What’s up, everyone? The second post in this science series is about henna. Do you use henna? I can’t forget my disclaimer. I am not a hair scientist, dermatologist, trichologist or anything like that. I’m just someone who loves science and hair and I want to share it with you.
Henna is very popular among healthy hair enthusiasts. It has been used for Ayurvedic treatments for years. In this part of the world, it is primarily used for beautifully decorated skin art.
There is a reason you cannot get a henna done at any reputable salon. It DESTROYS your hair. From the cuticle to the cortex, it causes permanent, irreversible damage. That initial softness and "curl loosening"? A pulverized cortex. That resulting hardness that you mistake for "strength"? The cortex hardening into an un-moisturizable (its a word, today), un-conditionable (that, too) hot ass mess. It is a permanent process. And you guys do it over and over again. If it were actually safe for your hair health, STYLISTS WOULD OFFER THEM IN SALONS. There are a myriad of ammonia and peroxide free haircolor options so I have no idea why some of you would choose a product that advises you in the actual instructions to mix with conditioner to avoid breakage. I'm mystified… And if you want to loosen your curl pattern, just get a relaxer. #BeTeamNaturalFORREAL #Truth #StopGettingYourHaircareAdviceFromTheCommentSection #jrjnyc
I saw this post on Instagram by Jennifer-Rose. Jennifer is a popular hair stylist in New York and she specializes in hair color and natural hair. She appeared on Taren Guy’s salon series. I was curious to know why she hates henna so much. I tried using henna once and I was curious about the science behind it. When that curiosity piques, I head over to my good buddy, Google, to help me out.
Henna is also known as Lawasonia inermis. It is a plant used for hair dyeing and body art. The henna leaves are typically ground into a powder.
Inside the plant cells is the lawsone molecule. The lawsone molecule is responsible for the dying and possible change in hair structure. In order to get the lawsone molecule out of the plant cell, one needs to break down the cell wall. Plant cell walls are pretty strong and made of cellulose. Most henna procedures require using some acidic liquid (tea, lemon juice, etc.) to mix the powder into a paste. This paste is usually left for several hours to a day. The acid helps to break down the cellulose and release the lawsone molecule. Once the molecule is free it can easily bind to one’s hair.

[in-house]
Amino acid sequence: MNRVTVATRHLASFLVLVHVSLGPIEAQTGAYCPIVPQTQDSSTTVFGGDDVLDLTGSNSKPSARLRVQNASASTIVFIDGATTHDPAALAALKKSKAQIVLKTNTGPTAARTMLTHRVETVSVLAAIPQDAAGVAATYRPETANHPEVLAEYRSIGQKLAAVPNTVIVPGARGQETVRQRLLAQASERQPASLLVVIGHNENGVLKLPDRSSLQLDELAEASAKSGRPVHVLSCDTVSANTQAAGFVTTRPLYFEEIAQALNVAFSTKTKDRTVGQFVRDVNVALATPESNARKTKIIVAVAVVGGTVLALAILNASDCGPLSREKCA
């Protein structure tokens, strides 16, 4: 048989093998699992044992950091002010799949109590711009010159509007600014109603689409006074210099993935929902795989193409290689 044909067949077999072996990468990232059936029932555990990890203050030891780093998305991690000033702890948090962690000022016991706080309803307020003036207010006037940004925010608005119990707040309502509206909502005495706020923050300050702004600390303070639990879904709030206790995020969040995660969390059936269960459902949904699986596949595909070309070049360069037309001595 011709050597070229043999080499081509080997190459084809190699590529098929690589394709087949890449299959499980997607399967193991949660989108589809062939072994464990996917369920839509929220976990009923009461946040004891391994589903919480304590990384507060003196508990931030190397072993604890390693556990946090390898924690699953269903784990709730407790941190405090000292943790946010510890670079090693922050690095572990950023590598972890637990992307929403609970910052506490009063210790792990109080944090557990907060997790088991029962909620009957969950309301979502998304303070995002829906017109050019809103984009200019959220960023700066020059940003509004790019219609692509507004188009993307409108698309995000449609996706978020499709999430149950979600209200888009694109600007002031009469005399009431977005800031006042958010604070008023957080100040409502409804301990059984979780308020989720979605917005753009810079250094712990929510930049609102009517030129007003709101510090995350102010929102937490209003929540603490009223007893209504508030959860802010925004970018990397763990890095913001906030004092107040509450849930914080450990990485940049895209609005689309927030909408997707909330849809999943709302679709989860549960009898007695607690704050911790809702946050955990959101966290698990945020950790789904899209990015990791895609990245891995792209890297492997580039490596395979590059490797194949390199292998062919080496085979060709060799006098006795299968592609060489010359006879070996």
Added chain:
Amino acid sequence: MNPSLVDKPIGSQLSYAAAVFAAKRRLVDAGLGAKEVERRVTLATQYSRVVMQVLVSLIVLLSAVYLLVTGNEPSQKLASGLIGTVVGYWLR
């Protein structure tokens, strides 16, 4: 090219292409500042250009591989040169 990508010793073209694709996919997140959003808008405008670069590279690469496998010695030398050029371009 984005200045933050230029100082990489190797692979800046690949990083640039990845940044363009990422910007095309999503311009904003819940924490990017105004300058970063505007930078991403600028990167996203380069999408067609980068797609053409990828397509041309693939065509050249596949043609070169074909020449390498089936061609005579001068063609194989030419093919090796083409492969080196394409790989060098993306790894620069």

The lawsone molecule has an extremely high affinity to keratin. This means that it really, really, REALLY likes to bind to keratin. Keratin is one of the major components of hair. It binds via a process called the Michael Reaction. Even though the Michael reaction is reversible, henna application for hair is essentially permanent. To remove henna, one needs to strip it peroxide or bleach. 😯
Many people have noticed a difference in hair texture with prolonged use of henna. [Lipstick Alley, Minimalist Beauty] I think the strong binding of lawsone to keratin may attribute to this effect. Henna is a deposit-only dye. This means that it attached to the hair cuticle. It is different from other penetrative dyes that lift the hair cuticle and attached to the inner parts of the hair. It is possible that over time the continued depositing of henna adds weight to the hair which may elongate the curls.
My major concern with henna is that it may affect how my hair processes when I relax it. I also don’t want to change my hair color. Cassia obovata is an option for those who don’t want to color their hair. I didn’t find too much information about how it binds to hair. However, it doesn’t stain your hands like henna does so it may be possible that the affinity is not as strong as henna.
Do you use henna? What is your experience?
A quantitative study of dyeing with lawsone B. I. H. AMRO, K. C. JAMES, and T. D. TURNER, J. Soc Cosmet. Chem. 45, pp 159-165 (May/June1994)
The chemistry of henna – Cthuliz ()